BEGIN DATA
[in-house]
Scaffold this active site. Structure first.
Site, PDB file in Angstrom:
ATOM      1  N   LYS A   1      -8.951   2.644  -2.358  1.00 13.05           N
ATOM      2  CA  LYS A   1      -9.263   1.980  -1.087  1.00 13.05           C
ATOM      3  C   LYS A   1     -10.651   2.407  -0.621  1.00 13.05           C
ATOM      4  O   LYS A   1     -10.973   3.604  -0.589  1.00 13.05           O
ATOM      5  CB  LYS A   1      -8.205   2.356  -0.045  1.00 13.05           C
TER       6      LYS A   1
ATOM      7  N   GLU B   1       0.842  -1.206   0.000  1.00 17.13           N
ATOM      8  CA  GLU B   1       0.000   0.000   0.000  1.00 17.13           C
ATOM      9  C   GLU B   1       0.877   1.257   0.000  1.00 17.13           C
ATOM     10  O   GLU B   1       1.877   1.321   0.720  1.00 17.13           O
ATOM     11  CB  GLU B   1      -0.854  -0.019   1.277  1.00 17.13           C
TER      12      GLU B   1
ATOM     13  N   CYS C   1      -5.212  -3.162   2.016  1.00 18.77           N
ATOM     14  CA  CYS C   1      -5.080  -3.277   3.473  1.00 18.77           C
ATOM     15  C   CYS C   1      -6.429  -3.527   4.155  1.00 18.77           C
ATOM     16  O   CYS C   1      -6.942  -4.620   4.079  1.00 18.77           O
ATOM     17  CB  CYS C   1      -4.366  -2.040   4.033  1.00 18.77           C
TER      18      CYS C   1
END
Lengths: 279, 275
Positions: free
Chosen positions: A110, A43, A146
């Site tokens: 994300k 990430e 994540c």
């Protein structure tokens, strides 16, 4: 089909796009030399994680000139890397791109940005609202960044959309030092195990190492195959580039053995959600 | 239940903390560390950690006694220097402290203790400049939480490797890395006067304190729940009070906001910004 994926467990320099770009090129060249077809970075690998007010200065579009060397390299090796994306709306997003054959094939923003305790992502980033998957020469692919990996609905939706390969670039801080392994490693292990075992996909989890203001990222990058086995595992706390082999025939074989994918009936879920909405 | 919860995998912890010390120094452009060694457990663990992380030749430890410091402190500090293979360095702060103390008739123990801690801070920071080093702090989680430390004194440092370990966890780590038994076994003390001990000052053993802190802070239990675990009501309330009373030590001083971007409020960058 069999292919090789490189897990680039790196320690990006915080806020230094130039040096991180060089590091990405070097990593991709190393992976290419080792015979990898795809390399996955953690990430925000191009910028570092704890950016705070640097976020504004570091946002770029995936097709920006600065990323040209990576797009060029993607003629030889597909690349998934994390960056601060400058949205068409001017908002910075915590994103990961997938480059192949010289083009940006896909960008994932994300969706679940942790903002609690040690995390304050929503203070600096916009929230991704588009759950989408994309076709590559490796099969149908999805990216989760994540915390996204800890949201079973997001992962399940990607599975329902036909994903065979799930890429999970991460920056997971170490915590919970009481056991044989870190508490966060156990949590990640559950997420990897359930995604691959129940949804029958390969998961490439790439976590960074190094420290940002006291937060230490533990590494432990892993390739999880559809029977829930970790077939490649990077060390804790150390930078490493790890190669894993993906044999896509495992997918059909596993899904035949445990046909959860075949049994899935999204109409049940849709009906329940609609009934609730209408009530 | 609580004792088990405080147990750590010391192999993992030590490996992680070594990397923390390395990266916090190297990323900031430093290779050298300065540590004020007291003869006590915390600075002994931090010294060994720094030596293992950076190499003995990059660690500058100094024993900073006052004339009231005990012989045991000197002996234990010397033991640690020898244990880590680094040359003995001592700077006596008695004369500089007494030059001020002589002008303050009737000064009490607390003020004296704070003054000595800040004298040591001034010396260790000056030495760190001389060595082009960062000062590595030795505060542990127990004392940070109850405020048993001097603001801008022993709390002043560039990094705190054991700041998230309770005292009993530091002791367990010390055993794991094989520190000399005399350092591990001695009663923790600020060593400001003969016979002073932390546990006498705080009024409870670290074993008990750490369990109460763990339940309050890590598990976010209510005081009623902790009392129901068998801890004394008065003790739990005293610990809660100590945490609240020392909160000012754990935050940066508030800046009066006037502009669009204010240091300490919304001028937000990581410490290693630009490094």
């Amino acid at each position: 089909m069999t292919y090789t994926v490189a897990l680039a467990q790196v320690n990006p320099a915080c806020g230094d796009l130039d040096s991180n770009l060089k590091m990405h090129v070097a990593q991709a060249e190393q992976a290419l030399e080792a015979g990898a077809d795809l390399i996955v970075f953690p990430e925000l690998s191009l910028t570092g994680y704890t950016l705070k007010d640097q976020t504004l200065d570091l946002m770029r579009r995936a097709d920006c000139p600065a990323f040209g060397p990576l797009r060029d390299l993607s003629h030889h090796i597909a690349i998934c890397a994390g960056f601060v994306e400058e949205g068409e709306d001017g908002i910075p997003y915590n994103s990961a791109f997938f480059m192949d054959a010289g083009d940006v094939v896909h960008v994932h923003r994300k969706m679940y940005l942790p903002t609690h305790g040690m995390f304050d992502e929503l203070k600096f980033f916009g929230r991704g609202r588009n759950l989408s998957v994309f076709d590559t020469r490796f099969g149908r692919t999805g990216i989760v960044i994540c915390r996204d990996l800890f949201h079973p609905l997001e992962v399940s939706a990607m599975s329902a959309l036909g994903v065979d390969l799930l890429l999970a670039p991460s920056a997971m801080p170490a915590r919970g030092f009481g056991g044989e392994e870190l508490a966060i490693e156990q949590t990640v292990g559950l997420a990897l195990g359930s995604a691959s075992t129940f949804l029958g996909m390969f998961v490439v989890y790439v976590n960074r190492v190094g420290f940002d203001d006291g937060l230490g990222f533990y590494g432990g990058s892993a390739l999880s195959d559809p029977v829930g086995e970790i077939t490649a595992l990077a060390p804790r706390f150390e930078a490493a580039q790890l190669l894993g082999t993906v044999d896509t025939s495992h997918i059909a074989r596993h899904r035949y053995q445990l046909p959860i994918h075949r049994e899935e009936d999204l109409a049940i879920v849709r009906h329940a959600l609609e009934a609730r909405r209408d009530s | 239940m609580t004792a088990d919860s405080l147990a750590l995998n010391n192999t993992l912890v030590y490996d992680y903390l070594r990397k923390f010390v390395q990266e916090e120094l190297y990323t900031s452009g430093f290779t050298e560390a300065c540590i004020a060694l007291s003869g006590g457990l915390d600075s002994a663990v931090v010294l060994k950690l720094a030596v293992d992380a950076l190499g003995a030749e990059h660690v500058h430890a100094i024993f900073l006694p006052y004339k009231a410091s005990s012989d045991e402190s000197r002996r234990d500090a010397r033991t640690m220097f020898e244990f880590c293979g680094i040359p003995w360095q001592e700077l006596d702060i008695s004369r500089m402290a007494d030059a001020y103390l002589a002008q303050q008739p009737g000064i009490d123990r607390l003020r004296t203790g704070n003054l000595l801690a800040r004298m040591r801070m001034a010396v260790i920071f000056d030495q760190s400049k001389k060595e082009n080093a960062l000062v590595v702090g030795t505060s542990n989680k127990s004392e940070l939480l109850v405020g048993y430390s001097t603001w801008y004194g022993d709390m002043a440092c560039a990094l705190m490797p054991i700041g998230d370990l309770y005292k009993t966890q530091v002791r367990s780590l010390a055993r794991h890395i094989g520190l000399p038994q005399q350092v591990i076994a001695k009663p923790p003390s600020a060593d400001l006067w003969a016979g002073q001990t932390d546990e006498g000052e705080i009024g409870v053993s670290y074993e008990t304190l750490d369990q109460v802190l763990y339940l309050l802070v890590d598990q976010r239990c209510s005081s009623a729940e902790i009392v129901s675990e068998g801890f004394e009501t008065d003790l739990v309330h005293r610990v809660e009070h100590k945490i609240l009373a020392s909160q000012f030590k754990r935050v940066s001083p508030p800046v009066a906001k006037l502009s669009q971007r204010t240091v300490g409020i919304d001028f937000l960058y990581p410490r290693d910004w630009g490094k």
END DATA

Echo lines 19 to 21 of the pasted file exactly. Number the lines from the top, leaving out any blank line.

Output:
ATOM     16  O   CYS C   1      -6.942  -4.620   4.079  1.00 18.77           O
ATOM     17  CB  CYS C   1      -4.366  -2.040   4.033  1.00 18.77           C
TER      18      CYS C   1